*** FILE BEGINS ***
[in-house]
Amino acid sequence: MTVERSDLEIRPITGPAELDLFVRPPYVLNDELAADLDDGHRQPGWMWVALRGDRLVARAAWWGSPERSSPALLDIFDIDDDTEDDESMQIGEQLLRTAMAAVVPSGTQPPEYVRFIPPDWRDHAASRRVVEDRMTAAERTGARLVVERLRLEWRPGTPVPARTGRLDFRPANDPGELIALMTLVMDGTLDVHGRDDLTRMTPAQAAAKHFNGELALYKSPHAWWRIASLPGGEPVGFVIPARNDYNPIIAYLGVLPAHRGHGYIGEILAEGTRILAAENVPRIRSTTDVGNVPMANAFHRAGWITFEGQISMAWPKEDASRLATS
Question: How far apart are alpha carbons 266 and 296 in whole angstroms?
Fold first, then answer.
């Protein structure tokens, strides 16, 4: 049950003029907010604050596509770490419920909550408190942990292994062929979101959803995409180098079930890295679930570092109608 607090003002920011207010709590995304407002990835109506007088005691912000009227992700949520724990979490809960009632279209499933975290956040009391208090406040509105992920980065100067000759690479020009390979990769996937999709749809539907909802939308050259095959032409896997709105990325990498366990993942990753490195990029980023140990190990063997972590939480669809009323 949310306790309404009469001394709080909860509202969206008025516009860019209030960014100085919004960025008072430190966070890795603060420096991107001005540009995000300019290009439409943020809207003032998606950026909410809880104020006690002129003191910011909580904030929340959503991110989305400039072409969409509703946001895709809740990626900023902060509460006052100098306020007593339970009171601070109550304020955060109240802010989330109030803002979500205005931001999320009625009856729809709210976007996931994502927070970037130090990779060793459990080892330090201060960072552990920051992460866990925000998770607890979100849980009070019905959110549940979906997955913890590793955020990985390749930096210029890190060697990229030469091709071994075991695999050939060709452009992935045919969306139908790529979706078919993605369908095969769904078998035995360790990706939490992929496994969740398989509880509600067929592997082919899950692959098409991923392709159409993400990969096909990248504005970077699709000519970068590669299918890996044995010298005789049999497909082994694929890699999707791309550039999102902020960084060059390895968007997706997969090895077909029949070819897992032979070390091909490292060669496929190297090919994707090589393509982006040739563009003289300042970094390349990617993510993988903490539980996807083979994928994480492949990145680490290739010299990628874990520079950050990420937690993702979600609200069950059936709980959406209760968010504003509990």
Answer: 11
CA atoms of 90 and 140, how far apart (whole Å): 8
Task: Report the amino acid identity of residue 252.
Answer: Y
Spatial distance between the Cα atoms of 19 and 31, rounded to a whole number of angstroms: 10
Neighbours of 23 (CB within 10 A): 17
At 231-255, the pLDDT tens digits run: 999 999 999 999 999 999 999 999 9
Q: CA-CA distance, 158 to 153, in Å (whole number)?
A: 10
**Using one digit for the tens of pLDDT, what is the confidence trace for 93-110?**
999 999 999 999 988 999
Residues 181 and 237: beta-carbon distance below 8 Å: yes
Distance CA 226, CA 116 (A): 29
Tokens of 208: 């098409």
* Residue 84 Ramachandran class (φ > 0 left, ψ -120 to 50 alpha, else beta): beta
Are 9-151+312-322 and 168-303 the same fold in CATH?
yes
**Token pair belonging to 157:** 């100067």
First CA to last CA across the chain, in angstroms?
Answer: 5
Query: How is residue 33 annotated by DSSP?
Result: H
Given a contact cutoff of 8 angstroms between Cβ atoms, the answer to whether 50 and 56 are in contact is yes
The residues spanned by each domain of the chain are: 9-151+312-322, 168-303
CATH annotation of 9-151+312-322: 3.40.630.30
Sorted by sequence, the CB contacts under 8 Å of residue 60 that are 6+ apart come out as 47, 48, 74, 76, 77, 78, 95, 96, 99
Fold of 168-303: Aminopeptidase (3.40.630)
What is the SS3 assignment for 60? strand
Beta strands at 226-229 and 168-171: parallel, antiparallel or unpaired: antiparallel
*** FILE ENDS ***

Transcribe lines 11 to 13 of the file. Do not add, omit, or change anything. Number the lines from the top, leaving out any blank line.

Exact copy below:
Neighbours of 23 (CB within 10 A): 17
At 231-255, the pLDDT tens digits run: 999 999 999 999 999 999 999 999 9
Q: CA-CA distance, 158 to 153, in Å (whole number)?